DURHAM – Wolfspeed is stepping up its efforts to land federal funds to help underwrite the costs of its new semiconductor plant in Chatham County and ongoing expansion of its chip production in Durham by appealing directly to the Internal Revenue Service.
Confirming a report in the Triangle Business Journal on Tuesday, the Durham-based company said it is hoping the IRS will rule favorably in allowance of funds from the so-called CHIPS and Science Act that was signed into law last August for silicon carbide production – Wolfspeed’s specialty – as well as traditional silicon chips.
Some $100 billion is available through the CHIPS act, and the federal government has used that windfall to help land several chip firms for expansion in the U.S.
“There are two parts of CHIPS Act,” Wolfspeed notes. “The Department of Commerce grants, that the [John Palmour plant] qualifies for, and the Department of Treasury Investment Tax Credit, which is what the letter was responding to.  So we are still anticipating that we will apply for and receive Chips Act funding for the capital grants, and then hopeful that the 48D language will be updated to include semiconductor materials.”
Wolfspeed noted that a proposed regulation about use of federal dollars “excludes essential semiconductor-grade material production facilities” such as its planned $5 billion “mega-facility” being constructed in Siler City. The IRS is in the process of preparing CHIPS guidelines for what types of projects are funded.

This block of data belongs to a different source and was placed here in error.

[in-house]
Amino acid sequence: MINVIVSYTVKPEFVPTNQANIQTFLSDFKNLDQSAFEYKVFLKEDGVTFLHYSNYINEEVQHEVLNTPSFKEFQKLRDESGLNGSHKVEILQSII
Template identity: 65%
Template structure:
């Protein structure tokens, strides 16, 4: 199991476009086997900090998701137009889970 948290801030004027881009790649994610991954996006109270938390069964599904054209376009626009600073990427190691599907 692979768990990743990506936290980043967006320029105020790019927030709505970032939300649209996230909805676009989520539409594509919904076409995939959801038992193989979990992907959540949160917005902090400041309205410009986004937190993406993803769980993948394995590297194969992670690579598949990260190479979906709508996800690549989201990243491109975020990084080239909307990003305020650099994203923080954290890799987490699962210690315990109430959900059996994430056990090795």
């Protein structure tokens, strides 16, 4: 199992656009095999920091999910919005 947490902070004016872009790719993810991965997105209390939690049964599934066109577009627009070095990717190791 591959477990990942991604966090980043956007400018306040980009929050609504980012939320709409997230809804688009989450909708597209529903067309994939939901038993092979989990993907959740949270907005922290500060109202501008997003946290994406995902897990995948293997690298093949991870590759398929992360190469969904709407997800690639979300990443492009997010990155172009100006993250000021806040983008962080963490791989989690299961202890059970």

“The demand for silicon carbide is rapidly increasing across several markets, including the automobile, industrial and energy sectors. To meet this steepening demand and ease supply chain constraints, Wolfspeed remains focused on our expansion projects in Durham and Siler City and meeting the anticipated construction completion dates for the respective facilities,” Wolfspeed said in a statement, responding to a media inquiry from WRAL Tech Wire. “The company has already commenced prepping the John Palmour Manufacturing Center for Silicon Carbide site in Siler City and is on schedule for construction.”
The Center, which is planned to be the world’s largest for silicon carbide, is named after one of Wolfspeed’s original founders – John Palmour – who died recently.

A rendering of new Wolfspeed plant to be built in Chatham County. (Wolfspeed image)

“We are hopeful the Treasury Department will work expeditiously to finalize the regulations in order to provide clarity on the investment tax credits available to companies like Wolfspeed who are investing to support American jobs, economic and national security, resilient domestic supply chains, and sustainability,” Wolfspeed added in the statement.
In the letter, a copy of which was provided to WRAL TechWire, Bradley Kohn, who is senior vice president and legal counsel for Wolfspeed, noted comments made recently by President Biden. Biden visited Wolfspeed’s facilities in Durham.
“They make wafers need to … power everyday lives,” Biden said.
Kohn told the IRS: “[W]e strongly encourage the agency to give a full, careful, and thorough consideration to Silicon Carbide material.”
Wolfspeed also makes several recommendations regarding language for guidelines on funding.
“Wolfspeed stands ready to move at the speed and scale required to support American jobs, economic and national security, resilient domestic supply chains and sustainability,” Kohn added.